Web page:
The amount of time a patient will experience clonazepam withdrawal symptoms depends on a number of different factors, including how long the drug has been taken, the dose of the medication, whether the medication has been mixed with other drugs or alcohol, the patient’s age and medical history, and other factors. 

Some patients may experience protracted withdrawal symptoms from clonazepam, which causes symptoms like depression, anxiety, and agitation to linger on and off for up to a year after the medication is stopped.

What treatment is available for clonazepam withdrawal?

While you may not be able to avoid clonazepam withdrawal symptoms entirely, the best way to minimize your symptoms and have a safe, positive outcome is to slowly taper down your dose of the medication with a doctor’s supervision.

When you taper down your dose of the medication, your body will have time to gradually adjust to lower doses, which helps to minimize withdrawal symptoms. Increased anxiety and agitation is common while withdrawing from clonazepam, so your doctor may choose to prescribe another medication to stabilize your anxiety and minimize acute symptoms. 

Some patients may need to detoxify from clonazepam in an in-patient setting, particularly if they are also using other prescription drugs at the same time or are experiencing an addiction. However, patients that are only withdrawing from clonazepam usually do not require inpatient treatment.


Clonazepam affects the chemistry of your brain in order to treat panic disorder and some types of seizures. When patients stop using clonazepam abruptly or rapidly reduce their dose, they may experience withdrawal symptoms like headache, anxiety, nausea, and difficulty concentrating. 

In order to reduce the likelihood of experiencing severe withdrawal symptoms that can potentially be dangerous, patients should lessen the symptoms of Klonopin withdrawal by slowly tapering down their dose of the drug under the guidance of a medical professional instead of trying to quit “cold turkey.”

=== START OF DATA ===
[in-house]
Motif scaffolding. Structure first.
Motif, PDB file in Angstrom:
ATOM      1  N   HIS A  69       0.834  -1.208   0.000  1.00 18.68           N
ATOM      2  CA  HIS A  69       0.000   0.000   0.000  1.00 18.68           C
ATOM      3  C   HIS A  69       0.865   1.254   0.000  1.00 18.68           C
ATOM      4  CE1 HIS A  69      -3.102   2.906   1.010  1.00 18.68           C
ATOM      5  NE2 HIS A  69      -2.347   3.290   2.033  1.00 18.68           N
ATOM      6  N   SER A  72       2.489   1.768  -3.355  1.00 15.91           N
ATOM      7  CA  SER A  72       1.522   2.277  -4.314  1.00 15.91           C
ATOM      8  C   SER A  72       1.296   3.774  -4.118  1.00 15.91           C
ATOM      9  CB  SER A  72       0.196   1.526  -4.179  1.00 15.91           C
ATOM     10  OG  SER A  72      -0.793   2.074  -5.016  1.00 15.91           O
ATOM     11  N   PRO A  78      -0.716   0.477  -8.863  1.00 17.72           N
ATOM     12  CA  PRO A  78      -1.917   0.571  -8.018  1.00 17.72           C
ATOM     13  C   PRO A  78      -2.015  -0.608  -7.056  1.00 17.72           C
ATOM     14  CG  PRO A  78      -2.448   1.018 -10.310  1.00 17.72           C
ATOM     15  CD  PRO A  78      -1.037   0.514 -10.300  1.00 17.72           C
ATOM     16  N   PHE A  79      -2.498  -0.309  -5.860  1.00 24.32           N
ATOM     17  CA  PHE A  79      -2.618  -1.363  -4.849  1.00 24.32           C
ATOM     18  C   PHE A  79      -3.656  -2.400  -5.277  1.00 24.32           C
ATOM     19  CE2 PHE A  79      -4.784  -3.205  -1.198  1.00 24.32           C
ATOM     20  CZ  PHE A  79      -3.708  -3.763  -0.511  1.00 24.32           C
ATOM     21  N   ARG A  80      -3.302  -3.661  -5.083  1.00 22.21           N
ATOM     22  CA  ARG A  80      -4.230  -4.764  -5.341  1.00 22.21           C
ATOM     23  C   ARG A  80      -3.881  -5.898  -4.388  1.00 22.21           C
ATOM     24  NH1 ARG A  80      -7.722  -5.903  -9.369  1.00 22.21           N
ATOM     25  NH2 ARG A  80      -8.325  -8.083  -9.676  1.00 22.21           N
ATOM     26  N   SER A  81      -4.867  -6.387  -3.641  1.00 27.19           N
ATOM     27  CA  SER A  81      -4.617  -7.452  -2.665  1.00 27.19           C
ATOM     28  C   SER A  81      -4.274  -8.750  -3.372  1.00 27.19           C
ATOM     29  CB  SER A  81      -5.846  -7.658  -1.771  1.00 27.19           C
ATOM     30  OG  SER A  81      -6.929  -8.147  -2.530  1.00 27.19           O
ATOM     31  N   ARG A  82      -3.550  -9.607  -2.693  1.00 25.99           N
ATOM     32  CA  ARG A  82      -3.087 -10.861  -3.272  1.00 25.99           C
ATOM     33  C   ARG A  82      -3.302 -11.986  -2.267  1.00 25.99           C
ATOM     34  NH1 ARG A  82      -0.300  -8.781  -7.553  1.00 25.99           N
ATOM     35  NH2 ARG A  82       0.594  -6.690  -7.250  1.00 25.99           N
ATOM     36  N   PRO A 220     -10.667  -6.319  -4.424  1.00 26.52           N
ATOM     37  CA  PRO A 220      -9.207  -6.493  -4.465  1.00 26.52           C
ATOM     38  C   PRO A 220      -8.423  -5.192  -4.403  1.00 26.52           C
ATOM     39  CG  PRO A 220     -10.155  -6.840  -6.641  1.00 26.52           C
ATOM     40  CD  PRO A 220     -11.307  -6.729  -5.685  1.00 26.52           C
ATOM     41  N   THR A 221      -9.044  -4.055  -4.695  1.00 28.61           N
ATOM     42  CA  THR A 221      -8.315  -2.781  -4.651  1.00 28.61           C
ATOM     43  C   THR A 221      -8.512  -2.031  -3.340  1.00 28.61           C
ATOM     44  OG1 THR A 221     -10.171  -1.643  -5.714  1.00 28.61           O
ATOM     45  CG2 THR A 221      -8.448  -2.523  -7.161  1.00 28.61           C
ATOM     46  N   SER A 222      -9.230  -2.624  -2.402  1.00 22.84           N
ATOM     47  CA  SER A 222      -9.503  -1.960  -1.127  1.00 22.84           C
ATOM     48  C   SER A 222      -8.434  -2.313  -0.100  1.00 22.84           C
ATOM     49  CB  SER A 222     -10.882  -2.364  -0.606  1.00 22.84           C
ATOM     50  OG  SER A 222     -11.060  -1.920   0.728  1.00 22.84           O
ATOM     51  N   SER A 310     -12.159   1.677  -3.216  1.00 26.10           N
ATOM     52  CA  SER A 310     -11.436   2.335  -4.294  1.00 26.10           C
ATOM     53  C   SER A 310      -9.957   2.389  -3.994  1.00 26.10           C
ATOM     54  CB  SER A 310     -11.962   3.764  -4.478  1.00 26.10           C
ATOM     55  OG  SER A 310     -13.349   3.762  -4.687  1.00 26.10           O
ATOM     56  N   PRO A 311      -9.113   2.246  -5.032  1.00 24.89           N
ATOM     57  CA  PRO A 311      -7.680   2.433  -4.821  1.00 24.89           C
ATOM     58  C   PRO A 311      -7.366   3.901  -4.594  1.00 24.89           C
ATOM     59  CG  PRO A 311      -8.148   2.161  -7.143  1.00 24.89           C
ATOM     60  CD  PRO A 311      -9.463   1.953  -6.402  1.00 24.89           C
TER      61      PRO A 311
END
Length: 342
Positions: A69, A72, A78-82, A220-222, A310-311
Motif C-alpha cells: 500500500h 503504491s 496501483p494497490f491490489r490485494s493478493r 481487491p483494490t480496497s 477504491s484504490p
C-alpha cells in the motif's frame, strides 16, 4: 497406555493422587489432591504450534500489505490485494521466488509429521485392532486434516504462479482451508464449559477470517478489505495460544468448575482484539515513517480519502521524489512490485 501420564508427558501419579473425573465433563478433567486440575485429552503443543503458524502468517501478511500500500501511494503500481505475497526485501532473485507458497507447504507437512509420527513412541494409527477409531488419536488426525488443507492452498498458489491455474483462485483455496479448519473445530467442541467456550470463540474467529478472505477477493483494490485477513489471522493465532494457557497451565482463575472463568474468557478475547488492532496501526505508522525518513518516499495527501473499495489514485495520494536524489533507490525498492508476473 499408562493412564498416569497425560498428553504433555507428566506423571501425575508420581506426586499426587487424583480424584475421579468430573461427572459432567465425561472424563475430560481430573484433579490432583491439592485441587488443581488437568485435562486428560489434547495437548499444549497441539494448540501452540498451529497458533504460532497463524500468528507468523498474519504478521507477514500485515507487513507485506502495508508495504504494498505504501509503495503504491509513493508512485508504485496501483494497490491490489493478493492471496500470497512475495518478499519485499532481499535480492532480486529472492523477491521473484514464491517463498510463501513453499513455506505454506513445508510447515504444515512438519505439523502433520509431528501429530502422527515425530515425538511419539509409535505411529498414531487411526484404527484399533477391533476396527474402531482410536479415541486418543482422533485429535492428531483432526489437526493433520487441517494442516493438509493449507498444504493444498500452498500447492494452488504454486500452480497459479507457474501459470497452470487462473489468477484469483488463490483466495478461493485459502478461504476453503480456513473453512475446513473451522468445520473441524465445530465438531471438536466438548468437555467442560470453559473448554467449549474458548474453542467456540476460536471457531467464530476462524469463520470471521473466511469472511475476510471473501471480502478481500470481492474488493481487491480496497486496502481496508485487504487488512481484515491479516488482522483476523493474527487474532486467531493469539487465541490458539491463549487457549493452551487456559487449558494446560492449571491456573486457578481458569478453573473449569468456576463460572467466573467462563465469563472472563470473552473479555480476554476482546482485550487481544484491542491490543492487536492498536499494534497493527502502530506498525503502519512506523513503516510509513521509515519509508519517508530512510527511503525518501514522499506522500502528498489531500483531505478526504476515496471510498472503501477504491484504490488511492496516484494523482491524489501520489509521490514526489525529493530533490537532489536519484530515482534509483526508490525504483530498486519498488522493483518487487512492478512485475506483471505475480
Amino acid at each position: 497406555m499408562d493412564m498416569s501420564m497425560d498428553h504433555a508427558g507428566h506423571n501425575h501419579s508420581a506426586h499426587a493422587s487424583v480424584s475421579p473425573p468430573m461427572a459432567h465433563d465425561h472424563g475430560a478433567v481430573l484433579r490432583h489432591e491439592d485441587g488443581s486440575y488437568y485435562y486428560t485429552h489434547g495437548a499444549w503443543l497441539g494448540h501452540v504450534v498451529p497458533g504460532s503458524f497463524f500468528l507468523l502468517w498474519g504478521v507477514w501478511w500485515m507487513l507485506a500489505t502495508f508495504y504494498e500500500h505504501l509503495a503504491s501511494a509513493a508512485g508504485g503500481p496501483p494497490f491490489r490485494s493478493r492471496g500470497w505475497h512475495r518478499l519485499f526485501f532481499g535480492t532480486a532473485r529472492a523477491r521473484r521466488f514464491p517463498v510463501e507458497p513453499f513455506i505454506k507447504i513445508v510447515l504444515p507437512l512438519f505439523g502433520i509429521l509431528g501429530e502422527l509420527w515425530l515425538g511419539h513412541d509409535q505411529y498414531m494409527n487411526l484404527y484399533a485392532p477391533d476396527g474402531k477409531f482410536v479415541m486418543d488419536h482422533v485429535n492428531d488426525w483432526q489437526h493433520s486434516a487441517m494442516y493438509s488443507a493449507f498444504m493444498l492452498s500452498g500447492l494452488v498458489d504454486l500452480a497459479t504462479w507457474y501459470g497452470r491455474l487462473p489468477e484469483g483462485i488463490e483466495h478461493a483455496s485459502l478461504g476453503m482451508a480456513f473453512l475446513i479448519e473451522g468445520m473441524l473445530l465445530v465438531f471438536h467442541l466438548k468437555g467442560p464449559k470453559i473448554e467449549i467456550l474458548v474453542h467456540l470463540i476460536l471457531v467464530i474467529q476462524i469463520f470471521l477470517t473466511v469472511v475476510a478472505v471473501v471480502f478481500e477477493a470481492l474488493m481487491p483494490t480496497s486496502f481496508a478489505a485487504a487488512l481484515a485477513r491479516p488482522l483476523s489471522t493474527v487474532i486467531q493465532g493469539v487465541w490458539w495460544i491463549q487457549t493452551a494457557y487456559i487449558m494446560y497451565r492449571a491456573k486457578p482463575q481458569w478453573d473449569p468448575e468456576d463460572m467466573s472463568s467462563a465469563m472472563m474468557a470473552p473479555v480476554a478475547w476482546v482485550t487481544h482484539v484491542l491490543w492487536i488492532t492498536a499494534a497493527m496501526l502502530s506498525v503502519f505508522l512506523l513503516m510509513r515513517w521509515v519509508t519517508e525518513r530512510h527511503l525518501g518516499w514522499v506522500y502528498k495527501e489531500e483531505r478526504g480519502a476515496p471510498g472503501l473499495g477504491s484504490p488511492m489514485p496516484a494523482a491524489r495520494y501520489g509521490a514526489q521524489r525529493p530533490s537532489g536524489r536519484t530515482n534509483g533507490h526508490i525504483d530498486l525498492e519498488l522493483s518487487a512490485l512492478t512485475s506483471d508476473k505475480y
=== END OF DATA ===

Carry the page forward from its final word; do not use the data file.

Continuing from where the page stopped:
Your doctor can provide medical advice to create a tapering schedule to prevent the worst symptoms of Klonopin withdrawal during the detoxification process. The withdrawal process will look different for everyone, as will the benzodiazepine withdrawal timeline, making it even more important to quit your substance use under medical supervision. 

The same can be said for alcohol withdrawal, opioid withdrawal, or the discontinuation of drugs like Valium or Xanax. It’s important to seek substance abuse treatment before drug abuse becomes life-threatening. 

If you or a loved one is suffering from Klonopin addiction or substance abuse, seek addiction treatment programs from a healthcare professional. 

References, Studies and Sources:

author avatar
Angel Rivera
I am a Bilingual (Spanish) Psychiatrist with a mixture of strong clinical skills including Emergency Psychiatry, Consultation Liaison, Forensic Psychiatry, Telepsychiatry and Geriatric Psychiatry training in treatment of the elderly. I have training in EMR records thus very comfortable in working with computers. I served the difficult to treat patients in challenging environments in outpatient and inpatient settings